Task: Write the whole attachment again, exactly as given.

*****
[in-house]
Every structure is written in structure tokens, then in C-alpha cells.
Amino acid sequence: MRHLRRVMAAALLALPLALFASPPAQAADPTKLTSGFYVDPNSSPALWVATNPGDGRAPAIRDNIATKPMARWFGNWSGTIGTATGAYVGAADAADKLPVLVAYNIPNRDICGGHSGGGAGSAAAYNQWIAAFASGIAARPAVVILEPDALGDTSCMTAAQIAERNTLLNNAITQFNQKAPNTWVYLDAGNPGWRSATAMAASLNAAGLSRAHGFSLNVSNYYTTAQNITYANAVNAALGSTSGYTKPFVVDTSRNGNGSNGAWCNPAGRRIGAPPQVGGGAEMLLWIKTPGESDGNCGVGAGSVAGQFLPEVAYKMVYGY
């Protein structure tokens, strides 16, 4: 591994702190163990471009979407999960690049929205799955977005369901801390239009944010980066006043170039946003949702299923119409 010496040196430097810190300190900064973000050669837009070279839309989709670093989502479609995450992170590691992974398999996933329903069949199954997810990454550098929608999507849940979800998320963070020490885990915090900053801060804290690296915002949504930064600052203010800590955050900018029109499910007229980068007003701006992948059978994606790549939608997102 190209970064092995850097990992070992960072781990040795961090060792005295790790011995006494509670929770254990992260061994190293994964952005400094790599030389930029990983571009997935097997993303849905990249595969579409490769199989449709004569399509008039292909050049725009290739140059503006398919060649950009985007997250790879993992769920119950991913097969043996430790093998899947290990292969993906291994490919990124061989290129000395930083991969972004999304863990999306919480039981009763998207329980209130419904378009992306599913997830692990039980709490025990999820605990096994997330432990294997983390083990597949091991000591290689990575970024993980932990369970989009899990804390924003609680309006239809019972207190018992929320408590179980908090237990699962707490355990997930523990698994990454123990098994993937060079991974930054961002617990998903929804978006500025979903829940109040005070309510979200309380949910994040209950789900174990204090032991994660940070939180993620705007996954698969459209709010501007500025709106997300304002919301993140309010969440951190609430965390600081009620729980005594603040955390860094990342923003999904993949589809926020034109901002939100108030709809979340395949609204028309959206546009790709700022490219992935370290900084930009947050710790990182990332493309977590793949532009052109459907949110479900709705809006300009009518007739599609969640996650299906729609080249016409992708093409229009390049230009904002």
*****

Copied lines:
[in-house]
Every structure is written in structure tokens, then in C-alpha cells.
Amino acid sequence: MRHLRRVMAAALLALPLALFASPPAQAADPTKLTSGFYVDPNSSPALWVATNPGDGRAPAIRDNIATKPMARWFGNWSGTIGTATGAYVGAADAADKLPVLVAYNIPNRDICGGHSGGGAGSAAAYNQWIAAFASGIAARPAVVILEPDALGDTSCMTAAQIAERNTLLNNAITQFNQKAPNTWVYLDAGNPGWRSATAMAASLNAAGLSRAHGFSLNVSNYYTTAQNITYANAVNAALGSTSGYTKPFVVDTSRNGNGSNGAWCNPAGRRIGAPPQVGGGAEMLLWIKTPGESDGNCGVGAGSVAGQFLPEVAYKMVYGY
């Protein structure tokens, strides 16, 4: 591994702190163990471009979407999960690049929205799955977005369901801390239009944010980066006043170039946003949702299923119409 010496040196430097810190300190900064973000050669837009070279839309989709670093989502479609995450992170590691992974398999996933329903069949199954997810990454550098929608999507849940979800998320963070020490885990915090900053801060804290690296915002949504930064600052203010800590955050900018029109499910007229980068007003701006992948059978994606790549939608997102 190209970064092995850097990992070992960072781990040795961090060792005295790790011995006494509670929770254990992260061994190293994964952005400094790599030389930029990983571009997935097997993303849905990249595969579409490769199989449709004569399509008039292909050049725009290739140059503006398919060649950009985007997250790879993992769920119950991913097969043996430790093998899947290990292969993906291994490919990124061989290129000395930083991969972004999304863990999306919480039981009763998207329980209130419904378009992306599913997830692990039980709490025990999820605990096994997330432990294997983390083990597949091991000591290689990575970024993980932990369970989009899990804390924003609680309006239809019972207190018992929320408590179980908090237990699962707490355990997930523990698994990454123990098994993937060079991974930054961002617990998903929804978006500025979903829940109040005070309510979200309380949910994040209950789900174990204090032991994660940070939180993620705007996954698969459209709010501007500025709106997300304002919301993140309010969440951190609430965390600081009620729980005594603040955390860094990342923003999904993949589809926020034109901002939100108030709809979340395949609204028309959206546009790709700022490219992935370290900084930009947050710790990182990332493309977590793949532009052109459907949110479900709705809006300009009518007739599609969640996650299906729609080249016409992708093409229009390049230009904002």